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Fujitsu develops 100 Gbps optical network using old protocols and components

Fujitsu Laboratories Ltd. has recently announced their development of their new optical transmission technology that could reach 100 Gbps data transfer speed rates, by only using components and protocols that are meant for 10 Gbps networks.

Fujitsu Laboratories (Research and Development Center) Ltd. has unveiled last a couple of days ago their newly developed high-speed optical data transfer technology. The new light-based data transfer technology easily passes through the standard 10 Gbps limitation, finally reaching the next anticipated speeds of 100 Gbps, but without requiring the use of new components that are not already used in standard 10 Gbps networks.

Fujitsu's new technology uses a discrete multi-tone (DMT) modulation system, with the aid of digital signal processing. It actually uses a "line", or a set of components and communication protocols that are meant for 10 Gbps, but configures it in a way that it greatly enhances their optical transmission network to achieve the claimed speeds, or at least that is what the report claims. Using a power management algorithm, the modulated data stream can then be efficiently be transmitted at very high speeds even when diffused to multiple subcarriers.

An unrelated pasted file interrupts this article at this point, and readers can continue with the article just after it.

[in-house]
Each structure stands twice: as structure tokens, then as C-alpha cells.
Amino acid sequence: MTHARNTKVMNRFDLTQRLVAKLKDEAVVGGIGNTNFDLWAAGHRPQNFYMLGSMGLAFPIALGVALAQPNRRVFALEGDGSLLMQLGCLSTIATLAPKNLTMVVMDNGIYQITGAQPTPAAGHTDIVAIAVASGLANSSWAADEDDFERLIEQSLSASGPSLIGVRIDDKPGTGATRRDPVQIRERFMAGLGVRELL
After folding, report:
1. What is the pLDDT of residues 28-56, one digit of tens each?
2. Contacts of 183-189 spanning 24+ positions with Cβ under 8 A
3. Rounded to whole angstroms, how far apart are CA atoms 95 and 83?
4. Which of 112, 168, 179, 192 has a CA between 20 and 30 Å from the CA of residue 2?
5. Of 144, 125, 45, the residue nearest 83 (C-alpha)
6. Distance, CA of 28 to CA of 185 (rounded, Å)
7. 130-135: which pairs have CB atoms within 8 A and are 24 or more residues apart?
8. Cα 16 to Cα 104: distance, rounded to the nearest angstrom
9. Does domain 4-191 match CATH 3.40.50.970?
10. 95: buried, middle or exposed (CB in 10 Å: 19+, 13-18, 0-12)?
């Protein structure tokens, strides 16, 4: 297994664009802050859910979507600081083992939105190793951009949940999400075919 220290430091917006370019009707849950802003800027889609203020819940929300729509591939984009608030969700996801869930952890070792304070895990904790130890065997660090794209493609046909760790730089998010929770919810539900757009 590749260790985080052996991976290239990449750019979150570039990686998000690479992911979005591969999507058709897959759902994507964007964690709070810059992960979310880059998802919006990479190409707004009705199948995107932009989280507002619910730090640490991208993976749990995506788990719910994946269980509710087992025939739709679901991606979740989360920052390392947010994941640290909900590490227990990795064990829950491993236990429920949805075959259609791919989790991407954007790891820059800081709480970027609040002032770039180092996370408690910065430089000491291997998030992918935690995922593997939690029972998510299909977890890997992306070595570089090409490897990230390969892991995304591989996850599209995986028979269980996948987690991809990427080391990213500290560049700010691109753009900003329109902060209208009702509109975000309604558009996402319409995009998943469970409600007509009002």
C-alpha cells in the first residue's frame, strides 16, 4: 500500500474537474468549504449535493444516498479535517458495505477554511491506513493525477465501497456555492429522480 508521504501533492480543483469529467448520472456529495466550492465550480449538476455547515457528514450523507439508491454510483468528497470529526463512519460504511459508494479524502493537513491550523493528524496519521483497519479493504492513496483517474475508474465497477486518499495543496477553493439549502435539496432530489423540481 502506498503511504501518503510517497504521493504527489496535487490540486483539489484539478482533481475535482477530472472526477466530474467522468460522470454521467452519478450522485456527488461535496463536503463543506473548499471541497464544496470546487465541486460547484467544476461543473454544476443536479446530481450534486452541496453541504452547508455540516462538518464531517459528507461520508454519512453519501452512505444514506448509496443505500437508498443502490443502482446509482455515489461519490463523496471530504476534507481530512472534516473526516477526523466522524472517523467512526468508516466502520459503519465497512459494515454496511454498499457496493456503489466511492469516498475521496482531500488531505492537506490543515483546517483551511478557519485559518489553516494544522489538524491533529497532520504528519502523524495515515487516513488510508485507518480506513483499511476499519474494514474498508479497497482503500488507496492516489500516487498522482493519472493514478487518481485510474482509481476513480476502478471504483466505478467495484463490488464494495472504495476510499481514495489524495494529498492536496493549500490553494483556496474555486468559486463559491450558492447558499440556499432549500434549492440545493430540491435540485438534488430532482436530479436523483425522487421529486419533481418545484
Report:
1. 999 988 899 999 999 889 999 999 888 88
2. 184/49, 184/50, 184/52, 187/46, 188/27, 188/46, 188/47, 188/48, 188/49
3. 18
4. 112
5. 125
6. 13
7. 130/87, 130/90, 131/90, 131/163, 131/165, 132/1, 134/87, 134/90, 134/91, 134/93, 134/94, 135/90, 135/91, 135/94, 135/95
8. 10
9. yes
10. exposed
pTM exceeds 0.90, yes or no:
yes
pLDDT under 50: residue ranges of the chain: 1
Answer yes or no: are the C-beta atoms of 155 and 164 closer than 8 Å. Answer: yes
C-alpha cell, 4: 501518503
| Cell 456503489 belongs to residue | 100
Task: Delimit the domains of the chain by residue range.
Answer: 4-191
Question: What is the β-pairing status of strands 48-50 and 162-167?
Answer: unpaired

Fujitsu has stated that in addition to the 100 Gbps boost, the technology can be used in tandem with a four-channel optical transceiver, multiplying the speed further to 400 Gbps.

A ten-fold improvement in speeds for data centers using what's supposed to be conventional components would surely be more than just helpful, as it could even probably open up new applications for the internet itself. In fact, Fujitsu expects that their technology would be best applied on the current developing state of various business or enterprise-type web-based/cloud services.

Source: MyNavi (JP)

Christian Crisostomo
Christian Crisostomo is your average tech geek who loves learning about any new stuff that is related to technology and tech development. He's currently mesmerized at the wonders of technology in East Asia, writing about all the stuff that he has seen and learned there.

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